School's great! Students smoke right outside the school which was a bit shocking to me at first, but everyone is very nice. If you can't (or don't want to) stand smoke they'll be fine with it and not hold it against you. School is so much more relaxed here. Sometimes I get hurried because I'm late to a class and people just walk like nothing's happened; half the time the classroom is not even open! People are allowed to drink in class and most teachers don't seem to mind that you don't listen. People take out their cell phones and laptops and do whatever but most still listen.

Sometimes I wish we could adopt some of Denmark's policies or behaviors and some Danes say they wish some things could be more like Florida or the US in general. I now think it hasn't happened and might not work simply because of differences in culture. People are not used to those things and most will not be willing to change. Even though our cultures are so different, I see the people much alike. I already knew this before I came here but I guess I never really believed it. I've never seen something so different yet so alike before.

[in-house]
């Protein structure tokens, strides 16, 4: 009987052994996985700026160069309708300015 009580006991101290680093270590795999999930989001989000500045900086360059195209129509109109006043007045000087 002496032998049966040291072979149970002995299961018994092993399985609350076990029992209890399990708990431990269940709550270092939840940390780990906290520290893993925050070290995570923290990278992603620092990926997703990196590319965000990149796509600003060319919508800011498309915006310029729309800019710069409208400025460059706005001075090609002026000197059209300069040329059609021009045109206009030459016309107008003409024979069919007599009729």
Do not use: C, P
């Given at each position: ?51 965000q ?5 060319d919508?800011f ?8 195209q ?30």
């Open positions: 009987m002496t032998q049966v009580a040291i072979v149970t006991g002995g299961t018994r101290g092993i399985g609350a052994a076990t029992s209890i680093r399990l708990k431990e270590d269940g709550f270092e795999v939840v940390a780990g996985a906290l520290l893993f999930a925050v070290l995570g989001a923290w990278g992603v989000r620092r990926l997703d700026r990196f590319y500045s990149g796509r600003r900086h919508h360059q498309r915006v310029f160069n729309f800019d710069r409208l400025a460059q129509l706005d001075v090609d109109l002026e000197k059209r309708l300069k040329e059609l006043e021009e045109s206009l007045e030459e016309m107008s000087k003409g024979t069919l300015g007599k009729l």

I'm going to like it here... :)

September 9 Journal

I have been so busy! All my time so far has been divided between school, Rotary, and the host family. But I think I get why, without it you sit with nothing to do. Now that vacation feeling is over and all that Rotary get together stuff is done, you really feel like everyone is knowing things you don't know, seeing things you don't see, and laughing at things that, at least when translated, don't seem funny at all.